Lassus went to Italy at the age of twelve in the service of the Mantuan court of the Gonzagas. His earliest compositions are thought to date from his time in Naples and Rome between about 1550 and 1555. Lassus clearly knew the music of Cipriano da Rore, whose highly chromatic madrigal Calami sonum ferentes he used as a model for his own motet Alma nemes and it is possible that he was in Rome at the time of the great debate on chromaticism between Lusitano and Vicentino in 1551. Both these theorists were trying to establish the nature of the ancient Greek music, the former (who was judged the winner) using the evidence to support a diatonic (and conservative) compositional method, and the latter proposing a more radical chromaticism. The young Lassus was on the side of the radicals, and within a few years of this great debate had produced the Prophetiae Sibyllarum, which were copied in the composer's own hand soon after his arrival in Munich. The partbooks contain pictures by the court painter Hans Mielich of each of the Sibyls, and of Lassus himself aged about 28.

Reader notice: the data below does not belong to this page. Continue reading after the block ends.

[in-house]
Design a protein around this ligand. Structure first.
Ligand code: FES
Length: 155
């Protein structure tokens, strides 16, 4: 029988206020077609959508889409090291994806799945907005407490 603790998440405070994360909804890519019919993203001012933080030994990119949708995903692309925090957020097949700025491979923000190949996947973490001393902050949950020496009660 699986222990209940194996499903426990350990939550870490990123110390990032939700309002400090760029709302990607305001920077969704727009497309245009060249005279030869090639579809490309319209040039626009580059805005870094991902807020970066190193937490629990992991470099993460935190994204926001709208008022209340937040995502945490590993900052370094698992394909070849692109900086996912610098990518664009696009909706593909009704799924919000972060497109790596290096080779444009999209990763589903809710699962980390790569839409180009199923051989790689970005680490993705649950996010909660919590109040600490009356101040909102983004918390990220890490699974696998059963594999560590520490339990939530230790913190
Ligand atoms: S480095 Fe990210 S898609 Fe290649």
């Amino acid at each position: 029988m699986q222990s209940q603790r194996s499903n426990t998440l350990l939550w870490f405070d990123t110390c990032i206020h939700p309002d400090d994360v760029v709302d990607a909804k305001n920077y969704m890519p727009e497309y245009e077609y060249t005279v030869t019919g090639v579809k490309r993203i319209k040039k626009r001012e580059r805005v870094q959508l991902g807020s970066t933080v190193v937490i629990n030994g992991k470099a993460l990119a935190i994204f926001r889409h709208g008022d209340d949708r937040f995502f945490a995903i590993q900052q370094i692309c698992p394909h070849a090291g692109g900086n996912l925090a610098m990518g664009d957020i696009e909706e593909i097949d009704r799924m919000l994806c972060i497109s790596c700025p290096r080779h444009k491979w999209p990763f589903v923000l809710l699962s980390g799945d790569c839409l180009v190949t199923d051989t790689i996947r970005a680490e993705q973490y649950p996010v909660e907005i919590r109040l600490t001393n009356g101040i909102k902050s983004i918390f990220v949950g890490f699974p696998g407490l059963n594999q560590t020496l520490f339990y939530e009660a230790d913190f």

It is possible that Lassus was inspired to set the Sibylline verses by a visit to Cumae sometime during his years in Naples. There is no evidence that he went there, and he would not have seen the actual cave of the Cumaean Sibyl as this was not properly excavated until 1932, but he could have seen the remains of the temple of Apollo or one of the old Roman tunnels where it was thought that the Sibyl, silent since the third century BC, had had her lair. Even today this strange volcanic landscape to the north of the Bay of Naples has a menacing magic about it (Lake Avernus, where Orpheus entered the underworld, is close by). It is not over-fanciful to imagine the young humanist musician recalling the power of such a place when he came to make his own contribution to the new music a few years later. It seems that originally there may have been just one much-travelled ur-Sibyl, who, possibly as early as the 8th century BC established localised cult centres in the Mediterranean area and Asia Minor (perhaps when she was no longer capable of travelling herself). These eventually became Sibyls in their own right. The origin of the term 'Sibyl' is unknown, but it came to mean a prophetess associated with a particular centre, where doom-laden utterances in Greek hexameters would be issued. These verses have mostly not survived. From about the third century BC the Hellenized Alexandrian Jews began to appropriate the medium for their own anti-Roman purposes, and it is these writings that were in turn revised and added to by the early Christians to become the pseudo-Oracula Sibyllina, which fortell the birth of Christ and were much commended by Augustine and others. Interest in the Sibyls resurfaced in the late fifteenth century, with several examples of paintings or wood-block prints accompanied by a line of prophesy. The first appearance of the Latin verses used by Lassus is in a Venetian print of 1481, and Lassus probably used the 1545 or 1555 prints of these texts. During the later middle ages and renaissance the Sibyls were favourite subjects for religious sculpture and painting, and the high point of their journey from pagan ramblings to Christian symbolism came when Michelangelo put five of them oh the ceiling of the Sistine Chapel alongside seven Old Testament prophets.